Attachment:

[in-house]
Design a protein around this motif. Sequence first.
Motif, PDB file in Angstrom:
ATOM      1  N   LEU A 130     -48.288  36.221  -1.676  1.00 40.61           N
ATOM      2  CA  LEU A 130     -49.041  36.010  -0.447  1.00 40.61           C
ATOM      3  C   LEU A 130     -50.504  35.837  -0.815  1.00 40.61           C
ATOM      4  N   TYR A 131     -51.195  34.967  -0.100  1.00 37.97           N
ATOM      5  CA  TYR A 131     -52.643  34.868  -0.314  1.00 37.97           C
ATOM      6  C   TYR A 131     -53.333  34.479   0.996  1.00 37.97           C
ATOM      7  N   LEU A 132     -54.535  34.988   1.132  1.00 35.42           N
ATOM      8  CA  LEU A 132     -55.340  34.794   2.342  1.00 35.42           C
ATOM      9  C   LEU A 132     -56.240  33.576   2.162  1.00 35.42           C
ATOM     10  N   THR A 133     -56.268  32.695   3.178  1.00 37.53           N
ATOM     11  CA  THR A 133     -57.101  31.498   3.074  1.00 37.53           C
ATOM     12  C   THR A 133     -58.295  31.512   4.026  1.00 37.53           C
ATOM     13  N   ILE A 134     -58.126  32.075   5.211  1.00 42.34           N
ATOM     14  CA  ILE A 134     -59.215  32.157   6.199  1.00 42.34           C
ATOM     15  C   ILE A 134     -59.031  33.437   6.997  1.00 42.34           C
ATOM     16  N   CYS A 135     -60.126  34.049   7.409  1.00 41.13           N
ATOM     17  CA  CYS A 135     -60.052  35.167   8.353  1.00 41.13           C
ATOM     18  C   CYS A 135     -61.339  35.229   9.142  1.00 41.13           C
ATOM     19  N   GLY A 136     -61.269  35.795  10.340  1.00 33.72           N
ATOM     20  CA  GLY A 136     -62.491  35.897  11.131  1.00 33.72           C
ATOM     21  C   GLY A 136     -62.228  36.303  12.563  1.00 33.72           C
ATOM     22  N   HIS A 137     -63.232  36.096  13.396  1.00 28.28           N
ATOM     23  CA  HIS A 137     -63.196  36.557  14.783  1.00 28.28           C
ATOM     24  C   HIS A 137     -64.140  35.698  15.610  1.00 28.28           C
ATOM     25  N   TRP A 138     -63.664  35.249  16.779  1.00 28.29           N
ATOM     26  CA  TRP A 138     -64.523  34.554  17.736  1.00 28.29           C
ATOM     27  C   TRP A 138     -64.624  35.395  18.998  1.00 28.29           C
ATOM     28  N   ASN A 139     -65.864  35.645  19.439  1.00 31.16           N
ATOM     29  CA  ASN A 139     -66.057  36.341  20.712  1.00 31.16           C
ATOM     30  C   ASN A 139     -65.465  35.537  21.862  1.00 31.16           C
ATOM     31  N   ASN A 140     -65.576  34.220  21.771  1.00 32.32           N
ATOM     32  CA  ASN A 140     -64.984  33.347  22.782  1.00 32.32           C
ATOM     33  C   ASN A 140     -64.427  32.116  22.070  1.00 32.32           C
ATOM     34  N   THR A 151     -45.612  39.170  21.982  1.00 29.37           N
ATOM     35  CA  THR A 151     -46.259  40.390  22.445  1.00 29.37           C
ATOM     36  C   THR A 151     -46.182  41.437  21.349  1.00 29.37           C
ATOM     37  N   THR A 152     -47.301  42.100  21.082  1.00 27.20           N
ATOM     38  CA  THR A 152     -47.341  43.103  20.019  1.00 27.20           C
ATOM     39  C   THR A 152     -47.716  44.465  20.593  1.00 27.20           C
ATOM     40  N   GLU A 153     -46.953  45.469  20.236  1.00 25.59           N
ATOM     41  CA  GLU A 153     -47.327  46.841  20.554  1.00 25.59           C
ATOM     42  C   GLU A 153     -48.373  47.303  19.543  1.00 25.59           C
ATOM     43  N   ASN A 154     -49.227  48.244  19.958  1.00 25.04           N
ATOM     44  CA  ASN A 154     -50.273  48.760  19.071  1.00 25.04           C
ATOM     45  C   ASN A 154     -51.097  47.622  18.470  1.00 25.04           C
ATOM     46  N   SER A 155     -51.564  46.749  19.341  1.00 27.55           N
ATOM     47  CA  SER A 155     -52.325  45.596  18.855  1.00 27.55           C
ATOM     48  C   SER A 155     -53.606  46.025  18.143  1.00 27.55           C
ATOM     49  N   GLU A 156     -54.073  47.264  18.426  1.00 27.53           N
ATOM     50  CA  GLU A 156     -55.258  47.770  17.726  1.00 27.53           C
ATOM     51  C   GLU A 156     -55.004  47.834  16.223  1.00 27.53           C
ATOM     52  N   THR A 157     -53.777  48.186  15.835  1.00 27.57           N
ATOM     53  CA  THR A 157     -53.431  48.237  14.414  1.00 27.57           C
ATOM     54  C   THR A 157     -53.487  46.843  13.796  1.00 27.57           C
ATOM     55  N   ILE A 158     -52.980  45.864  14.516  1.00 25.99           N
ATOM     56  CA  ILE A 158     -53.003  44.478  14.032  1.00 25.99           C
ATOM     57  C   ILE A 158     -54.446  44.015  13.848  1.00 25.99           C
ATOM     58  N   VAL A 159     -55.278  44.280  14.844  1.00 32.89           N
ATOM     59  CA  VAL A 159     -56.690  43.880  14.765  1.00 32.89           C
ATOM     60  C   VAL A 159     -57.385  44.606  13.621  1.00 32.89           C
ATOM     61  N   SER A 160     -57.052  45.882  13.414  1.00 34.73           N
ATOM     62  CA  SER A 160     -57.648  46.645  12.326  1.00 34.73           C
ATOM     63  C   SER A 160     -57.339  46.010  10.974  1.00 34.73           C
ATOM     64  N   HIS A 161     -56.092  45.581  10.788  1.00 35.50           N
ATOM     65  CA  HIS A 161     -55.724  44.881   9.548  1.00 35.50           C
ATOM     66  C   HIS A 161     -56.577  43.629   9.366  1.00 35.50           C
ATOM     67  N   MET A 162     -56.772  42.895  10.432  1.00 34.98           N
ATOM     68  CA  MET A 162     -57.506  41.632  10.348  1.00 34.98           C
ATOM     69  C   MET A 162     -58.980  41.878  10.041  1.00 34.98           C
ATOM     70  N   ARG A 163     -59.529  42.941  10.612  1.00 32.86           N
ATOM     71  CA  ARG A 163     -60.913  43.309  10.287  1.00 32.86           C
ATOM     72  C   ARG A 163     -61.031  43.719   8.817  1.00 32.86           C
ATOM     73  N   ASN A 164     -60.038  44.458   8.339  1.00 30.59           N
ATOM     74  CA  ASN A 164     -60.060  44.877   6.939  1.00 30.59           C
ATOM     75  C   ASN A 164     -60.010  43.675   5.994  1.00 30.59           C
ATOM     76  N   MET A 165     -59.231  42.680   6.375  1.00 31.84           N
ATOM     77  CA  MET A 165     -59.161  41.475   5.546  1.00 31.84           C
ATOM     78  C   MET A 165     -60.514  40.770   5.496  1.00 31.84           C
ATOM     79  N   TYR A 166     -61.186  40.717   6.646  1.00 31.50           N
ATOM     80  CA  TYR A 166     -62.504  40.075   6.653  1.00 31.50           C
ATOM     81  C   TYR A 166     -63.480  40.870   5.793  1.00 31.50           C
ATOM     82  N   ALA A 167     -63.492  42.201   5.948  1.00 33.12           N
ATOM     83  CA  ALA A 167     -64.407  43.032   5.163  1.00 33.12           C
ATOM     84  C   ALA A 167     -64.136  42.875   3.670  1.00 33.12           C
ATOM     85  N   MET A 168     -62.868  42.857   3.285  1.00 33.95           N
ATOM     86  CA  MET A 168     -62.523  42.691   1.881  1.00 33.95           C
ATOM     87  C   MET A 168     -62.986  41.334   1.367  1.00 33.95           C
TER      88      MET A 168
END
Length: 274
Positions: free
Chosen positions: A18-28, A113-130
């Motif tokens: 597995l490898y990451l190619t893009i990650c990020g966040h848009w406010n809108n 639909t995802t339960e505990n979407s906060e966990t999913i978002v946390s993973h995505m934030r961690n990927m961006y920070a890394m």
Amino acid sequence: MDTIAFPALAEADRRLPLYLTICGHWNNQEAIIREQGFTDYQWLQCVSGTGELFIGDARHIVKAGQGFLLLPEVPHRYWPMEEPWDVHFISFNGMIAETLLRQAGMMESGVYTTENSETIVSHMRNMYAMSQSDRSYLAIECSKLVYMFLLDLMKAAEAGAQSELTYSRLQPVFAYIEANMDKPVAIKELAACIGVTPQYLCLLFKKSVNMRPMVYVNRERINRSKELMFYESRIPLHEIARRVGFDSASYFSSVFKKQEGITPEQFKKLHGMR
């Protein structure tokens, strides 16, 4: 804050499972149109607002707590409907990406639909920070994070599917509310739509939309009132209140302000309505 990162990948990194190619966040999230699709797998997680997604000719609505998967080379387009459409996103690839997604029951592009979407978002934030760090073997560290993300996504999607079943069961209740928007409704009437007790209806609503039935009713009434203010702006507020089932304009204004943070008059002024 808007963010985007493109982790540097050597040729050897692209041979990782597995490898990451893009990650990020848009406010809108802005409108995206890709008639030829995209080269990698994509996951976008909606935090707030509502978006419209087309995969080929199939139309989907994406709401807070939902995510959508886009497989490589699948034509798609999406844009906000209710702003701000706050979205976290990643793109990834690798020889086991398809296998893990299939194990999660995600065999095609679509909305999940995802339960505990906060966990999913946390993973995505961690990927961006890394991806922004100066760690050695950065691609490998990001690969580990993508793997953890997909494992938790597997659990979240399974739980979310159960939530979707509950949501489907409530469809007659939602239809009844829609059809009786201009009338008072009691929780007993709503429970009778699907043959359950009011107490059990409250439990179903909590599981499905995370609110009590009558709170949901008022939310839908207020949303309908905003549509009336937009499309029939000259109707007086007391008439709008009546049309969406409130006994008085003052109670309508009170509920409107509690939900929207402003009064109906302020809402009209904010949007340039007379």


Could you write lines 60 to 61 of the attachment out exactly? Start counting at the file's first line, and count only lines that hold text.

ATOM     57  C   ILE A 158     -54.446  44.015  13.848  1.00 25.99           C
ATOM     58  N   VAL A 159     -55.278  44.280  14.844  1.00 32.89           N